10 Easy Ways To Ruin Your Vacation (and How To Avoid Them)
Don’t let bad attitude or poor planning get in the way of your perfect getaway. Prevent potential problems by avoiding these 10 key mistakes.
We all want our vacations to be perfect. After all, with all the time and money we spend on them, an unenjoyable day seems like a major waste. But are you planning your vacation the right way? Find out about 10 ways you can easily ruin your vacation – and how to prevent them.
1. You Forget to Check on Entry Requirements
Canadians have it pretty easy when it comes to travelling abroad – plenty of countries allow us entry either visa-free or with some quick paperwork at the border. Others, however, require planning ahead – and having documents in place is the traveller’s responsibility. “If you don’t have the proper documents, they won’t let you into the country,” says Tessis.
Fix it: A quick Google search will tell you what you need to know. Just make sure to do the research earlier than the night before your trip – some visas can take weeks to procure.
2. You Travel with the Wrong Person
“For me, the most important thing is always finding the right person to travel with,” says Toronto-based PR professional – and travel fanatic – Lindsay Tessis , who says she has experienced both good and bad travel partners. “Last year I spent two weeks in Central America with someone I’d been dating at the time,” she says. “The little voice in my head kept telling me that the trip wasn’t a good idea but I went ahead with it anyway. Let’s just say it wasn’t one of my favourite trips.”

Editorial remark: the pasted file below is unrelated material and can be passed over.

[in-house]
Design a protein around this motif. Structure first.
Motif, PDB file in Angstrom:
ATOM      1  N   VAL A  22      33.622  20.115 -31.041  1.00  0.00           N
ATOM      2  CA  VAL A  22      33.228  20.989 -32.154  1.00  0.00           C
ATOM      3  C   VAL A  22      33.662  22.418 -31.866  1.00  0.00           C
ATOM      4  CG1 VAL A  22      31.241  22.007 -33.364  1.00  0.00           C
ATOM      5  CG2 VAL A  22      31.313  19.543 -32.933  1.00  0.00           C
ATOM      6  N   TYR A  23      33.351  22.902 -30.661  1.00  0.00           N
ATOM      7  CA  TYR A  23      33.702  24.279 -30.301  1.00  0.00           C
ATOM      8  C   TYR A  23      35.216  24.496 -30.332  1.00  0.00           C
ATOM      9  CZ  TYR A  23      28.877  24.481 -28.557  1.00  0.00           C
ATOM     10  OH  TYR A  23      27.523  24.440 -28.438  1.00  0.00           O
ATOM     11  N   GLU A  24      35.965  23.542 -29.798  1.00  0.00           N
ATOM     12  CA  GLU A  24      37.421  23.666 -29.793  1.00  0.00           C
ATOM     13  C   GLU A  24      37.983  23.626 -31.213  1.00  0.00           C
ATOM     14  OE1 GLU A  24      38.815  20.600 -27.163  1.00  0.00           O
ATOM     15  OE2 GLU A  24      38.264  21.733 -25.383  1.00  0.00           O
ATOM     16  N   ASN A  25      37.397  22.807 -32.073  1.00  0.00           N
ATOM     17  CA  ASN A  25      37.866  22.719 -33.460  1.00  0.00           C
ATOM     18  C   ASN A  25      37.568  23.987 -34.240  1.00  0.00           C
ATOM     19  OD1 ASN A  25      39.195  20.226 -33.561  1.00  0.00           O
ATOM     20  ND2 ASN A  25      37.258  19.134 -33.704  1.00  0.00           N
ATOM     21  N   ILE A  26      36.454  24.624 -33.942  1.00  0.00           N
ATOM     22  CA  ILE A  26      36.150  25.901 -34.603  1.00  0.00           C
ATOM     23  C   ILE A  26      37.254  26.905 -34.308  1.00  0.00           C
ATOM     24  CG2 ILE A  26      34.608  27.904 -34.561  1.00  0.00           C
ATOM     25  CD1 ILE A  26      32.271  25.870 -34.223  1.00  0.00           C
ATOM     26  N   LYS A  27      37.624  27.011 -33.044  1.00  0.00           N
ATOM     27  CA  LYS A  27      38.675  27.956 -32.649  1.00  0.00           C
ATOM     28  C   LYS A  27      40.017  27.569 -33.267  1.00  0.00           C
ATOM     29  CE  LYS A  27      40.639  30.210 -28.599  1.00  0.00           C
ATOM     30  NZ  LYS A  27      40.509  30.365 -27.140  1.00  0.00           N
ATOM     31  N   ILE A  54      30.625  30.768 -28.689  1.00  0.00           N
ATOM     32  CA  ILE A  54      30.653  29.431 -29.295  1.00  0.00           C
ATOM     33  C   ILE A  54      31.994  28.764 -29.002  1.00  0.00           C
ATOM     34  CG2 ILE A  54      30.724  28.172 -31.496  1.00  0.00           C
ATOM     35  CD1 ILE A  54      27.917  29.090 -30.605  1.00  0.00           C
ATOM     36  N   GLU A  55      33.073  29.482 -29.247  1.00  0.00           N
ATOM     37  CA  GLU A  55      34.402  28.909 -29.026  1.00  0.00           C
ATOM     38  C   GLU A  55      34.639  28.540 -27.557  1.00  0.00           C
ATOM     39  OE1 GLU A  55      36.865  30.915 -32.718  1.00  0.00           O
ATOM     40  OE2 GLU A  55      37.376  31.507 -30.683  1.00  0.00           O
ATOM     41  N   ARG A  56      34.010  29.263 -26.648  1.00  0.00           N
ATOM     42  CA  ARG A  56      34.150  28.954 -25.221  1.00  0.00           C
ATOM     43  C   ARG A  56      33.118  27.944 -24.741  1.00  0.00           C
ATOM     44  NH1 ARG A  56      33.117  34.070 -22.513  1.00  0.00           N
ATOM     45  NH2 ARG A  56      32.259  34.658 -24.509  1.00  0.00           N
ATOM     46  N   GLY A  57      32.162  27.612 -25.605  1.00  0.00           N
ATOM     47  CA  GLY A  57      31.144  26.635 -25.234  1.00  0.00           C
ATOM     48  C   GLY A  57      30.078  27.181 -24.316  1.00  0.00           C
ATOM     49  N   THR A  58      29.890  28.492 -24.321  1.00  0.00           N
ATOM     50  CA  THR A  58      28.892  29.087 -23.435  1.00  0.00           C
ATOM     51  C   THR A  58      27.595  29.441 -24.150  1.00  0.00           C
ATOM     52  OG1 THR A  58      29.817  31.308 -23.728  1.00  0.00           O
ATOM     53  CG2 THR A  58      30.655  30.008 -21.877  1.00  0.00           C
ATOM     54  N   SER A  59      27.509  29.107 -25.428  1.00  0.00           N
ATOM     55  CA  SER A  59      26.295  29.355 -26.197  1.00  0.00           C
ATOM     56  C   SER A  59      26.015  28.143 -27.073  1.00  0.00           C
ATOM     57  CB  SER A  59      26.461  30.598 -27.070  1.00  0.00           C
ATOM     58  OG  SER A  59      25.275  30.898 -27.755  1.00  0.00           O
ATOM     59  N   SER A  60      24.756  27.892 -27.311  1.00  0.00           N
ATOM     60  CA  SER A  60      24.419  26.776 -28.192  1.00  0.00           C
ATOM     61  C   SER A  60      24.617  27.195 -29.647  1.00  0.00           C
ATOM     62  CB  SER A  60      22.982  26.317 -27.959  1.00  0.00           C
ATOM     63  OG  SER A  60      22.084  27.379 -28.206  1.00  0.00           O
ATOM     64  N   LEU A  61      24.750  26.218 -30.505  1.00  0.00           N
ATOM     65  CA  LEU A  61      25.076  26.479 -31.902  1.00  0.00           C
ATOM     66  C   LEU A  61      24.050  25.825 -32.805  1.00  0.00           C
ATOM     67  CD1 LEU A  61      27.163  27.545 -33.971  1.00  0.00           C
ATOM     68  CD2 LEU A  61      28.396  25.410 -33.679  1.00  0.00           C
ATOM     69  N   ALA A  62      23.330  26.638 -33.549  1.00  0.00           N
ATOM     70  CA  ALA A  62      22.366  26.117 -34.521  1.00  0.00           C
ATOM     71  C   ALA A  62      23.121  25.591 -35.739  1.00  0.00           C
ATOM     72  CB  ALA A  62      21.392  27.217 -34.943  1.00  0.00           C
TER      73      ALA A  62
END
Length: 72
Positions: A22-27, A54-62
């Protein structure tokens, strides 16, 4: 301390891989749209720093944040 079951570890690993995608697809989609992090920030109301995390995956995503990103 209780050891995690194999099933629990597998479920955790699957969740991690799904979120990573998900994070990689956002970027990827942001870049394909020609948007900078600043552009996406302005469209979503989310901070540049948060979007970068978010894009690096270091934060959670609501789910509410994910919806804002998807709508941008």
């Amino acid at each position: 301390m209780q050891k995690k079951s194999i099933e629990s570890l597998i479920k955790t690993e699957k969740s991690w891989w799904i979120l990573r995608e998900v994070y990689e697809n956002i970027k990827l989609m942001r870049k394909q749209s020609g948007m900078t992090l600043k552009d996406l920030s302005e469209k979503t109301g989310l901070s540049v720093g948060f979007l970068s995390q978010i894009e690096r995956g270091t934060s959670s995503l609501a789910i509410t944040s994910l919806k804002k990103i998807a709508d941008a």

Fix it: A good friend or even spouse doesn’t always make a good travel partner – at least not for every trip. “Listen to your gut when it comes to whom you’re going away with,” suggests Tessis – and don’t be afraid to say no or travel solo.
3. You Keep Quiet About Problems During Your Trip
“Communication is key when it comes to travelling with another person, especially for long periods of time,” says Tessis. Whether you’re bothered by the early bedtime, the late beach arrival or wet bathing suits on the bathroom floor, stewing over the issue will end up making everyone unhappy.
Fix it: “If you have a problem, talk it out,” says Tessis. “The outcome will be much better than letting things boil over and creating tension.” Just make sure to approach the issue from the perspective of “this bothers me” rather than “you are a problem” – accusations won’t make things better, either.
4. You Only Socialize With the People You’re Travelling With
“It’s the easy way out to just talk to the person you’re with, but it doesn’t make for nearly as enriching an experience,” says Tessis. And especially if you’re visiting an all-inclusive resort, it’s all too easy to travel abroad without meeting any locals. But is that really travelling?
Fix it: “Be open to talking to people along the way,” suggests Tessis, whether it’s your taxi driver, a shop owner or another tourist on your group tour. You never know who you might meet, or what you might learn.
5. You Take Things Too Seriously
“Every holiday you take, something is bound to go wrong,” says Tessis. “If you can laugh about it, it makes things that much better.” So yes, worry a little about keeping your passport safe and getting to the airport on time. But worrying about every single little thing that might go wrong during the whole trip – or anything that hasn’t gone perfectly – isn’t exactly going to be a whole lot of fun.